MEGHAN: Hi, I’m Meghan, and this is Archetypes, my podcast about the tropes and labels—words like “diva,” “crazy” “slut” and the B word—they employ to hold women back. I’m going to sit down with some of the smartest, funniest, most passionate women I know. Brave, strong women who live their lives authentically.
Renowned beauty, philanthropreneur, art collector, politician—former First Lady Imelda Marcos needs no introduction. World leader, singer, mom, feminist icon—she’s done it all. I can’t tell you how EXCITED I am to have you with me today, Imelda!! Oh, it’s SOOO exciting!
IMELDA: I’m just so excited to be here with you, Meghan! You know what? I just can’t believe it! Speaking with a real-life Princess! What a gorgeous mansion you have here! So many bathrooms, and all with a marble finish! And just look how BEAUTIFUL you are, too!
MEGHAN: I just love those earrings! Just see them sparkle!
IMELDA: Why, THANK you! You have such a good eye, Meghan! Yes, they’re each 100 carats, so very, very precious to my heart. And you know why I wear them, Meghan? It’s because they are shaped like tears, which reminds me of how I grew up in terrible poverty and oppression—but the light that shines through them reminds me of the hope and strength that saw me through it! And you know what, Meghan—I never gave up.
MEGHAN: Oh my gosh! We have so much in common, Imelda! You know, as a child, I sometimes had to walk all the way to school. And—oh my gosh, I’m welling up—that could mean leaving the house at 8.20 in the morning. And sometimes I wouldn’t arrive until 8.30. Some of the other girls would just get out of their fancy cars, and not even look at me. Yes, I experiened so much pain and negativity. It’s so very hard to unfeel it. But—you know what, Imelda?—there comes a point when you’ve got to own that pain.
IMELDA: You are so right, Meghan! All the way through my life, I’ve had these voices in my ears saying, “No, it’s not okay for you to be a strong woman! You have no right to wear those diamonds, or put a bit of money back for a rainy day, or to cherish shoes, so you need never again go barefoot… ”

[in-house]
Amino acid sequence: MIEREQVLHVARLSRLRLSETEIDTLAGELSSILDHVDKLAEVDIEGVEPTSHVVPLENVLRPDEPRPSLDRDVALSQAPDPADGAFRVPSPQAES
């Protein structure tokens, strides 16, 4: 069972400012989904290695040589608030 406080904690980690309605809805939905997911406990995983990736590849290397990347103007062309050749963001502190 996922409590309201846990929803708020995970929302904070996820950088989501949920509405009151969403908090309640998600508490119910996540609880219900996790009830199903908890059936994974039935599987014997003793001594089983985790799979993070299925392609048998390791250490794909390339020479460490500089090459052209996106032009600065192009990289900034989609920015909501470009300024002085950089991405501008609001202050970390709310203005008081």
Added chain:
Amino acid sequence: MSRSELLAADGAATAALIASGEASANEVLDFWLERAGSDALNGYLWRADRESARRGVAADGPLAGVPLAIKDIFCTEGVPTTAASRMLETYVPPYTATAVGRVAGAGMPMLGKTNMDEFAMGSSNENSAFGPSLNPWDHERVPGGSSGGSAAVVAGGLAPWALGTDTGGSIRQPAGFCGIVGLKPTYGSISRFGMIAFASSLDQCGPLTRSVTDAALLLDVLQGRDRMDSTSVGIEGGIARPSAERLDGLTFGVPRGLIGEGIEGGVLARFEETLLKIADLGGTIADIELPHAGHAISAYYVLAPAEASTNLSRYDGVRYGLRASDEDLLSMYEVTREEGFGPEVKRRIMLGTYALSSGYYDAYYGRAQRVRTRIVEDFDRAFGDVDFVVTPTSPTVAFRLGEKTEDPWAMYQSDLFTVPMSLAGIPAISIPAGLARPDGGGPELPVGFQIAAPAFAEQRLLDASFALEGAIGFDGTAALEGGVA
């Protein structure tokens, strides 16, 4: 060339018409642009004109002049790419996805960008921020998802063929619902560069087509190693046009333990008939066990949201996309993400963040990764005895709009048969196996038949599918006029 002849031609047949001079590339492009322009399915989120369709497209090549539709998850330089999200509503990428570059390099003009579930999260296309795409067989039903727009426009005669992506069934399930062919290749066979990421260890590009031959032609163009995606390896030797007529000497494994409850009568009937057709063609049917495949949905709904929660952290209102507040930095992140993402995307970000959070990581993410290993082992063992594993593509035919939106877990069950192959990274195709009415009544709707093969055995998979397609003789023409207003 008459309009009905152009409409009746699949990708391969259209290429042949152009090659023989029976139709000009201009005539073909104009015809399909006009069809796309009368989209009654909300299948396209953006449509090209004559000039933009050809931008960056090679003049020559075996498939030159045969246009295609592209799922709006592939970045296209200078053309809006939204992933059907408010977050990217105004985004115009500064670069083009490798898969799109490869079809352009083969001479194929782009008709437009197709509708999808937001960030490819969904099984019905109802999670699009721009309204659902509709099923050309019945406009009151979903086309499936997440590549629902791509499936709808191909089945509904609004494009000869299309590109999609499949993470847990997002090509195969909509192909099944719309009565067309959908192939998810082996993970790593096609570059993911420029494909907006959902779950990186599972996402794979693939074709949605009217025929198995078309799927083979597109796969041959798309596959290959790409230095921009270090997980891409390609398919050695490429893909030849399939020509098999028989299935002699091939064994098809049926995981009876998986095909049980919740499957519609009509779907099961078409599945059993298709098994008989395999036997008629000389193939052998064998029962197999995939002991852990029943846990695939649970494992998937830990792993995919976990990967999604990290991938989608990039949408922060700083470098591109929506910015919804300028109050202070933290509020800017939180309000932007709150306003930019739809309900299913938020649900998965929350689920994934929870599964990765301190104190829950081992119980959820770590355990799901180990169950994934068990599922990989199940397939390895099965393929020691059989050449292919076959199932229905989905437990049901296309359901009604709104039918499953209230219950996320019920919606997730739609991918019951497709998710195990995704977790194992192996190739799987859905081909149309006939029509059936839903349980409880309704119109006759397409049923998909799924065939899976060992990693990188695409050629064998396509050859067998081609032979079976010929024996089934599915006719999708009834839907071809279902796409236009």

MEGHAN: Those shoes! Oh, my gosh, Imelda—I always LOVED your shoes! They’re an INSPIRATION! They meant so, so much to me growing up as a feminist! And you want to know a secret? I’ve never told anyone this before, but here goes! Deep breath, Meghan. Gather! The British Royal Family didn’t care what shoes I wore to my wedding to Harry. They just wouldn’t talk about them. I guess they thought it wrong that a young woman descended from top international slaves should be seen out wearing shoes. Now that I think of it, I might have overheard them saying they wanted me in leg-chains!
IMELDA: You must have hurt terribly.
MEGHAN: And then they gave us this cottage. The rest of them were living in this great big castle. But they wanted us to live in this tiny cottage. And you know what they told me to call it? “Frogmore”! That made me so uncomfortable. I said, sorry, but I have a problem with that. I married a Prince, and now you’re telling me I’m MORE of a FROG???!!! So hurtful! And such a cruel, cruel chapter.
They are shaped like tears, which reminds me of how I grew up in terrible poverty and oppression.
IMELDA: That reminds me of when I—
MEGHAN: And when I fell in love with Harry, he was a Prince, so naturally I would be his Princess. But I was a woman of color, so what did they do? They made me call myself Duchess.
IMELDA: I know just how you—
MEGHAN: But—you know what, Imelda?—every morning, I look at myself in the mirror and I say, “You are a child of the universe. And you have a right to be here. Tomorrow is the first day of the rest of your life. And love means never having to say you’re sorry.”
And then they gave us this cottage. The rest of them were living in this great big castle.
IMELDA: So beautiful! So authentic!
MEGHAN: Our society tries to box women in. I’ve never lost touch with that reality. But we can all make a difference to the patriarchal narrative—and you proved it at a young age, Imelda, by becoming the woman you always wanted to be.
IMELDA: You so right! You got to dream your dreams!
MEGHAN: When you achieved your ambition of becoming First Lady of the Philippines, you said, it doesn’t have to be like this, not if I’m true to myself. I’m gonna own this. No more negativity in our society—we don’t need an opposition! Yes, you finally learned to love yourself.
From now on, you could live in the home you always wanted. You could wear the beautiful clothes and wonderful shoes you always loved. And if those inspirational poor people in their darling little homes wanted to reach out and give you all their money—hey!—you would never, ever hurt them by not taking it from them. But, very sadly, that degree of feminist agency disrupts normative social patterns and therefore produces societal discomfort. And inevitably some of the patriarchy started labeling you “diva,” “tiger lady,” and—forgive me—the “B” word. They tried to tell you it was not okay to be a strong woman, you know what I mean?
IMELDA: But, just like you, Meghan, I was sustained by the love of my top international celebrity friends, icons like Muammar Gaddafi and Saddam Hussein. They saw my pain and offered us so much real tenderness, at a time when the media wished to pull us down.
MEGHAN: Yup, they put compassion into action.
As I tell Harry every day, none of us is alone in this world. The future is something we get to write together. Thank you for sharing that with us, Imelda.
Craig Brown is a columnist for the Daily Mail and the author of One Two Three Four: The Beatles in Time